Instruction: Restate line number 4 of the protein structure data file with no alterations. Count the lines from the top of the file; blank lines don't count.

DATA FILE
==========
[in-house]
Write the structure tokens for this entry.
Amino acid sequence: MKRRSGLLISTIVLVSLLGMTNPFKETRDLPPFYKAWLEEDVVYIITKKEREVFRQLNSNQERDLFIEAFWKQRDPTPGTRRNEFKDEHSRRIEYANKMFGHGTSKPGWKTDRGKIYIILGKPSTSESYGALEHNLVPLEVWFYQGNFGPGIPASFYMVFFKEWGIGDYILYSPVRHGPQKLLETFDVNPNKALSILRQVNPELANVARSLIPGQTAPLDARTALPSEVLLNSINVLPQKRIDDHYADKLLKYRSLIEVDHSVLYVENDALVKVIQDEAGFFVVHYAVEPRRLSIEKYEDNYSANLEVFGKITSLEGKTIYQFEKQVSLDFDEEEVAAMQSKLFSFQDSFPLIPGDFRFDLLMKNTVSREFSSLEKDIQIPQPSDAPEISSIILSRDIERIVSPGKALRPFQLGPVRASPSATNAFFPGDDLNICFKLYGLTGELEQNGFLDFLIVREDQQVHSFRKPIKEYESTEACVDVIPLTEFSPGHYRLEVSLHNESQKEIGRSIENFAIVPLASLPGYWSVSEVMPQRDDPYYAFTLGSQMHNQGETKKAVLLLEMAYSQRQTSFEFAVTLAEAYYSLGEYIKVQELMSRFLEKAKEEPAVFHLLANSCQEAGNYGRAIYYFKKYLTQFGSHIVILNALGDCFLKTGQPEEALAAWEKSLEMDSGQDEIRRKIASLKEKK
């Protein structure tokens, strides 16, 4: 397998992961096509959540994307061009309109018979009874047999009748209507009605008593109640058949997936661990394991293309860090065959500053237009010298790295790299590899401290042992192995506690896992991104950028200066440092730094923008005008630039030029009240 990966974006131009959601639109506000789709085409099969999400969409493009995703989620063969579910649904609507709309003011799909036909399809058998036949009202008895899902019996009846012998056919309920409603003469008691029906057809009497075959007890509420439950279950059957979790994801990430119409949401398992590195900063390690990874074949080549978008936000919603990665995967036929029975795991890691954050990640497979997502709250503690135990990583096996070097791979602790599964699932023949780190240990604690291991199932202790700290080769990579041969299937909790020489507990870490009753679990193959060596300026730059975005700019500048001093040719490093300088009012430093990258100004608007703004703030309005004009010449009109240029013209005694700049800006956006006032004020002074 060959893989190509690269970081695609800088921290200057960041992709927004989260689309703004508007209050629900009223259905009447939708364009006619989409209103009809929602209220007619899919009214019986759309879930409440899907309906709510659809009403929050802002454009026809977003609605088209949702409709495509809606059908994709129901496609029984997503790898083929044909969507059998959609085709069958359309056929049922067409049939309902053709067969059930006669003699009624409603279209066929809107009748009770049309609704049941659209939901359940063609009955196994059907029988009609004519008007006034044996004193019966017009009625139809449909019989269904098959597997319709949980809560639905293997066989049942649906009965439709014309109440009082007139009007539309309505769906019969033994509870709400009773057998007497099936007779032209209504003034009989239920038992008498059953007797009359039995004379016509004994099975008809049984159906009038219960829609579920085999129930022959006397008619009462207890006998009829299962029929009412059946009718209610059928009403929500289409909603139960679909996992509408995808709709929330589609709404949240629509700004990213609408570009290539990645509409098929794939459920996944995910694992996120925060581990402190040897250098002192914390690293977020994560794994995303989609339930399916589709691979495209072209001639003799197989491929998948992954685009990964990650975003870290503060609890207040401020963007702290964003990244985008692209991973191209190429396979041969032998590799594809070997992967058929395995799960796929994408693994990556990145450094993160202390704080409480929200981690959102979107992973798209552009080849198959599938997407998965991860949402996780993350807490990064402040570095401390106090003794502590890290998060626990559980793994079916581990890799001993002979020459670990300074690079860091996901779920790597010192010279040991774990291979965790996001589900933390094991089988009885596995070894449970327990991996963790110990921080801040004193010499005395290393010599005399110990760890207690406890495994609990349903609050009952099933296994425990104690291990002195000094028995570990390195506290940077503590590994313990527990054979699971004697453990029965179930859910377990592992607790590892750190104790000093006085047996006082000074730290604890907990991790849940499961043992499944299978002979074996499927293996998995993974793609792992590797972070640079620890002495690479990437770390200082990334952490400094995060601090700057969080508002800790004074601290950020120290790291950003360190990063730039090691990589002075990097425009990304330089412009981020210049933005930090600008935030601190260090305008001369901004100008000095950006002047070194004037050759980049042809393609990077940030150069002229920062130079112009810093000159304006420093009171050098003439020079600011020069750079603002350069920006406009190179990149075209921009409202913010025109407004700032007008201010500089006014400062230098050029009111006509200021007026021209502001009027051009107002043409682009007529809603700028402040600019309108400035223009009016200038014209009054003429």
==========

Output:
């Protein structure tokens, strides 16, 4: 397998992961096509959540994307061009309109018979009874047999009748209507009605008593109640058949997936661990394991293309860090065959500053237009010298790295790299590899401290042992192995506690896992991104950028200066440092730094923008005008630039030029009240 990966974006131009959601639109506000789709085409099969999400969409493009995703989620063969579910649904609507709309003011799909036909399809058998036949009202008895899902019996009846012998056919309920409603003469008691029906057809009497075959007890509420439950279950059957979790994801990430119409949401398992590195900063390690990874074949080549978008936000919603990665995967036929029975795991890691954050990640497979997502709250503690135990990583096996070097791979602790599964699932023949780190240990604690291991199932202790700290080769990579041969299937909790020489507990870490009753679990193959060596300026730059975005700019500048001093040719490093300088009012430093990258100004608007703004703030309005004009010449009109240029013209005694700049800006956006006032004020002074 060959893989190509690269970081695609800088921290200057960041992709927004989260689309703004508007209050629900009223259905009447939708364009006619989409209103009809929602209220007619899919009214019986759309879930409440899907309906709510659809009403929050802002454009026809977003609605088209949702409709495509809606059908994709129901496609029984997503790898083929044909969507059998959609085709069958359309056929049922067409049939309902053709067969059930006669003699009624409603279209066929809107009748009770049309609704049941659209939901359940063609009955196994059907029988009609004519008007006034044996004193019966017009009625139809449909019989269904098959597997319709949980809560639905293997066989049942649906009965439709014309109440009082007139009007539309309505769906019969033994509870709400009773057998007497099936007779032209209504003034009989239920038992008498059953007797009359039995004379016509004994099975008809049984159906009038219960829609579920085999129930022959006397008619009462207890006998009829299962029929009412059946009718209610059928009403929500289409909603139960679909996992509408995808709709929330589609709404949240629509700004990213609408570009290539990645509409098929794939459920996944995910694992996120925060581990402190040897250098002192914390690293977020994560794994995303989609339930399916589709691979495209072209001639003799197989491929998948992954685009990964990650975003870290503060609890207040401020963007702290964003990244985008692209991973191209190429396979041969032998590799594809070997992967058929395995799960796929994408693994990556990145450094993160202390704080409480929200981690959102979107992973798209552009080849198959599938997407998965991860949402996780993350807490990064402040570095401390106090003794502590890290998060626990559980793994079916581990890799001993002979020459670990300074690079860091996901779920790597010192010279040991774990291979965790996001589900933390094991089988009885596995070894449970327990991996963790110990921080801040004193010499005395290393010599005399110990760890207690406890495994609990349903609050009952099933296994425990104690291990002195000094028995570990390195506290940077503590590994313990527990054979699971004697453990029965179930859910377990592992607790590892750190104790000093006085047996006082000074730290604890907990991790849940499961043992499944299978002979074996499927293996998995993974793609792992590797972070640079620890002495690479990437770390200082990334952490400094995060601090700057969080508002800790004074601290950020120290790291950003360190990063730039090691990589002075990097425009990304330089412009981020210049933005930090600008935030601190260090305008001369901004100008000095950006002047070194004037050759980049042809393609990077940030150069002229920062130079112009810093000159304006420093009171050098003439020079600011020069750079603002350069920006406009190179990149075209921009409202913010025109407004700032007008201010500089006014400062230098050029009111006509200021007026021209502001009027051009107002043409682009007529809603700028402040600019309108400035223009009016200038014209009054003429």